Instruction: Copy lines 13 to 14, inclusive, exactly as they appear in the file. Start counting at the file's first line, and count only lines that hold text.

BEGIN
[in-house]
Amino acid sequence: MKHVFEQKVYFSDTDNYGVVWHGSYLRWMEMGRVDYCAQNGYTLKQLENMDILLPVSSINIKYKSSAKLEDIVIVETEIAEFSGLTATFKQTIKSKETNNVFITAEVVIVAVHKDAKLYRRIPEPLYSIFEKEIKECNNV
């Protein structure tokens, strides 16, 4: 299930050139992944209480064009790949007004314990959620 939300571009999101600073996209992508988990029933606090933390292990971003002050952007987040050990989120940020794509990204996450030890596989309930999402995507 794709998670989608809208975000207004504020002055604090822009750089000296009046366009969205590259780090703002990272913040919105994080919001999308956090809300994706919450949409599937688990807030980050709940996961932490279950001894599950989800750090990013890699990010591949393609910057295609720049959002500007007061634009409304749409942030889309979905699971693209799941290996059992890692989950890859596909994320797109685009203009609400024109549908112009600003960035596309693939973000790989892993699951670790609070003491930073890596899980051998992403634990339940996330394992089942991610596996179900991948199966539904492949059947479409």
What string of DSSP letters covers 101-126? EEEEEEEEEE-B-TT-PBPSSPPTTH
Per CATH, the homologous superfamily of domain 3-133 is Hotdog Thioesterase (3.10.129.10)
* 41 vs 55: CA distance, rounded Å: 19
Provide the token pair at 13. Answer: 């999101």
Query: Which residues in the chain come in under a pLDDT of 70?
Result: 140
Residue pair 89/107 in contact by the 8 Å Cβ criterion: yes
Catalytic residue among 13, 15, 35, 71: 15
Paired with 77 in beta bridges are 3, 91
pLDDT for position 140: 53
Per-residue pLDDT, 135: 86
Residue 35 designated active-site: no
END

pLDDT for position 140: 53
Per-residue pLDDT, 135: 86